3. Hi Jenni Please believe me when I say that your daughter will not care about missing outings to shops and for now you need to give yourself permission to heal, slow everything down and just be here enjoying the now as best you can and to take each day as you can. Explore different ways to share Christmas with your daughter,go on short frosty walks to get the fresh air and winter sunshine when it fleetingly appears, make mince pies together, make old fashioned paper chains, get partner to drive around looking at xmas decorations and counting trees... these are all things that will still take you effort, still use your energy but won’t have the same cognitive overload that Christmas shopping will take from you early in recovery. If you do venture to shops avoid weekends, wear sunglasses and ear plugs and limit your time there and rest after. Everywhere will Be busy and noisy an each is an assault to the brain whilst it heals. Do your shopping online!! Better yet give someone else the list this year! i understand entirely, you feel you should be able to do this after all it’s so easy right? but try please to see that right now everything that used to happen previously without much thought and effort has changed as the brain ability to proceed and filter stimulation is a bit bruised and altered from blood going where it should not have been. Invest your time and energy wisely now and it will pay healing dividends. Post mine, I had to contend with further surgery , couldn’t drive for 16 months,there was no way I could shop unaided for even longer, absent from work for longer still and That was with me Being rushed into hospital within one hour of mine...and surgery within 3 , that said I was working on what was usually a day off. For sure Had I not worked that day I would not be here. Look for the positive if you can, yes you were seen, you were helped and thankfully you are here and home. 2 out of 3 sadly do not make it home. Of the 1in 3 of us that survive a SAH 1/3 of us live with lasting deficits or disability from the bleed and that is going to take adjustment and it won’t happen fast . You can’t change the past, you can only count from now, onwards with curiosity about the possibility of a slightly altered course. Go steady , we are with you.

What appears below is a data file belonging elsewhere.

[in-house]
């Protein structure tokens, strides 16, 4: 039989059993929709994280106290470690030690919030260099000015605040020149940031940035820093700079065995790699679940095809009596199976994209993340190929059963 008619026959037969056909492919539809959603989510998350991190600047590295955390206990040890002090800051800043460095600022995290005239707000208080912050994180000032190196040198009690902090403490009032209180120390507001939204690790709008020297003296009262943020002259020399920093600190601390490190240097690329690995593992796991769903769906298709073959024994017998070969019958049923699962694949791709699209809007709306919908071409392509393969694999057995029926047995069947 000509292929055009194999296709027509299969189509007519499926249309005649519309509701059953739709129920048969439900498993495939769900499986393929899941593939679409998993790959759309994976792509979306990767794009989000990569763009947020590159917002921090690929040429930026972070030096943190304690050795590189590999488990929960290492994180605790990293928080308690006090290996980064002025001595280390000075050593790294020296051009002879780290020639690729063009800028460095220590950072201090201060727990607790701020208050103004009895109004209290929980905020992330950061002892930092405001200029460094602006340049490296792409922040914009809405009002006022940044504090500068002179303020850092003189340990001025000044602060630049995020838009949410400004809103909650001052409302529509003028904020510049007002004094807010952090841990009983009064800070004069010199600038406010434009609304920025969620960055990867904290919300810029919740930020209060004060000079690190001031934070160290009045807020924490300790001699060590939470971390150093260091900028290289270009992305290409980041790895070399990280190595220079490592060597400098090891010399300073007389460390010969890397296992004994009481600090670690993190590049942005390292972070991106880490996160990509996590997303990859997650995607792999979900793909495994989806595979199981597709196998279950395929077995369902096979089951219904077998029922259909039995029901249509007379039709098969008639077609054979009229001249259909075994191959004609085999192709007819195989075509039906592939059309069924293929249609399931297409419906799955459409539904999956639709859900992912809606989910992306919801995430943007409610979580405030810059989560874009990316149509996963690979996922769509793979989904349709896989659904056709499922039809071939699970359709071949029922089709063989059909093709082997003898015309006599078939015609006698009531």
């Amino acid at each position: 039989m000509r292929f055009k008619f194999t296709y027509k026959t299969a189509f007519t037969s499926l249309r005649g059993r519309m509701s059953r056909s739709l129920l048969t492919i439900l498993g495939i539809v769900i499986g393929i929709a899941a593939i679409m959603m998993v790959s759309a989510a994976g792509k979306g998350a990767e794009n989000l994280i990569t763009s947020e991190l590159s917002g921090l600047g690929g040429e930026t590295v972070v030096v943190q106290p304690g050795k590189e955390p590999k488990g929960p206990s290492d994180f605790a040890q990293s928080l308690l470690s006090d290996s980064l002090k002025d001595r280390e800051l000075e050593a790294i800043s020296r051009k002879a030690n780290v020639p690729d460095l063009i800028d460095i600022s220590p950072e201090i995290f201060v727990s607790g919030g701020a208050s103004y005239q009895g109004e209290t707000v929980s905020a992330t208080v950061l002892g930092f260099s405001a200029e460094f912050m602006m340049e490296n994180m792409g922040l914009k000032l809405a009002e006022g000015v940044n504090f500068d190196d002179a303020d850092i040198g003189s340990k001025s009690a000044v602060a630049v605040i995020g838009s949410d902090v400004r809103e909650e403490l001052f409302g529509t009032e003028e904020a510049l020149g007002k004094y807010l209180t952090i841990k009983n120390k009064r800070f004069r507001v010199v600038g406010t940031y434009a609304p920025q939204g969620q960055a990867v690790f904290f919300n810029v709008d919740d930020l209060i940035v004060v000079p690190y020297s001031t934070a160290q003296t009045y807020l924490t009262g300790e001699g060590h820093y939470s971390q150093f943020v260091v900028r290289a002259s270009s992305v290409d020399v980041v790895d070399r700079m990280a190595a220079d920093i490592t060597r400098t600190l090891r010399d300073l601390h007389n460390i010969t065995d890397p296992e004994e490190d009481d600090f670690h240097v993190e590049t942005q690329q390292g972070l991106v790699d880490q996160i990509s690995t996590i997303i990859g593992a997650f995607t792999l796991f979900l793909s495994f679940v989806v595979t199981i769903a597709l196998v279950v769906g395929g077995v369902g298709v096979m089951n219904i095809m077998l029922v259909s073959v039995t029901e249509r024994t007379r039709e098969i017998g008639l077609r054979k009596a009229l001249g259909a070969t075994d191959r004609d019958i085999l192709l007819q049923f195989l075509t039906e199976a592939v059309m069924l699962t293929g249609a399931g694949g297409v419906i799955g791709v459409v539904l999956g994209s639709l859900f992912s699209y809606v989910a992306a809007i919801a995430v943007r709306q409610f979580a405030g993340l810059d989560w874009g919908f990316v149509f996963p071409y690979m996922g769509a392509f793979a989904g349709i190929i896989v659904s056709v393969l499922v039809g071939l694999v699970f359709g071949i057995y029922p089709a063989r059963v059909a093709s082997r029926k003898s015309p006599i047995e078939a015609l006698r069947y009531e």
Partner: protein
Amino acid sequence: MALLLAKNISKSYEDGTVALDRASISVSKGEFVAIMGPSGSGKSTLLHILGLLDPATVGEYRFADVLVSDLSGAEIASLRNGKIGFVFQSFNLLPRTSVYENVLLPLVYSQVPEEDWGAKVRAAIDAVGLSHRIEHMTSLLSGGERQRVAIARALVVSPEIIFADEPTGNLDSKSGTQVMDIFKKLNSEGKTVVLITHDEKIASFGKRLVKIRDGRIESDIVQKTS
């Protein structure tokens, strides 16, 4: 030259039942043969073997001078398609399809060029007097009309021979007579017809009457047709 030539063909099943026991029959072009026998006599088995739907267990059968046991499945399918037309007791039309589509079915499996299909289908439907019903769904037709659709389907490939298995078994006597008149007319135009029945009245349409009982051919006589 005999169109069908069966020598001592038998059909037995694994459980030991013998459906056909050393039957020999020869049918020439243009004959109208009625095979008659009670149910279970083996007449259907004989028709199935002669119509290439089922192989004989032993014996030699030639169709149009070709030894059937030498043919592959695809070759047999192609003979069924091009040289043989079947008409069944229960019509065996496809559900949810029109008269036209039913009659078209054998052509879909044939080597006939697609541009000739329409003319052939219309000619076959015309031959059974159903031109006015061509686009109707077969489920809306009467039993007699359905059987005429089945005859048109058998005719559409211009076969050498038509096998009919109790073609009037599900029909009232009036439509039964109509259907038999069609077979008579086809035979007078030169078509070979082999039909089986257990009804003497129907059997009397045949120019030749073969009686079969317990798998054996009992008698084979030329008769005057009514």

4. Jenni, The fact you’re were walking and talking when you went into hospital meant they didn’t recognise the symptoms ,not great I know and others have experienced similar and then sadly they couldn’t get the positive confirmation of a bleed with a LP . As I understand it a CT scan isn’t as clear as a MRI to confirm blood in ventricles and arachnoid space and whilst all bleeds are incredibly serious , depending on the grade of the bleed it may mean less blood is present , as does where the bleed is located, there are so many variables so often the LP becomes the check point if unsure. My daughters were 6 and 9 when I had my SAH and they had to adapt to mummy being very poorly for a long time An day unable to care for them and then not driving for well over a year and generally not able to do everything as I did and everyone here told me not to worry, that they would weather it, just to Be honest with them and kind to myself as I healed . They were right. My girls are 16 and 14 now and they have grown into compassionate and independent young women, and a deal of that is down to their experience of supporting their mum, and that’s ok, and you know what ? They wish it hadn’t happened but they also see the value of having lived through it. Life goes on. We learn, love and go on. You will too. The BTG gang knew when they gave me that advice over 7 yrs ago that the best way to recover and adapt to change is to look after yourself and don’t beat yourself up and about the whys and regret. Your little girl has her mummy, that’s the key thing to celebrate , nothing is going to change the fact that our bleed happened, so slow it all down, don’t worry about what you could have done differently.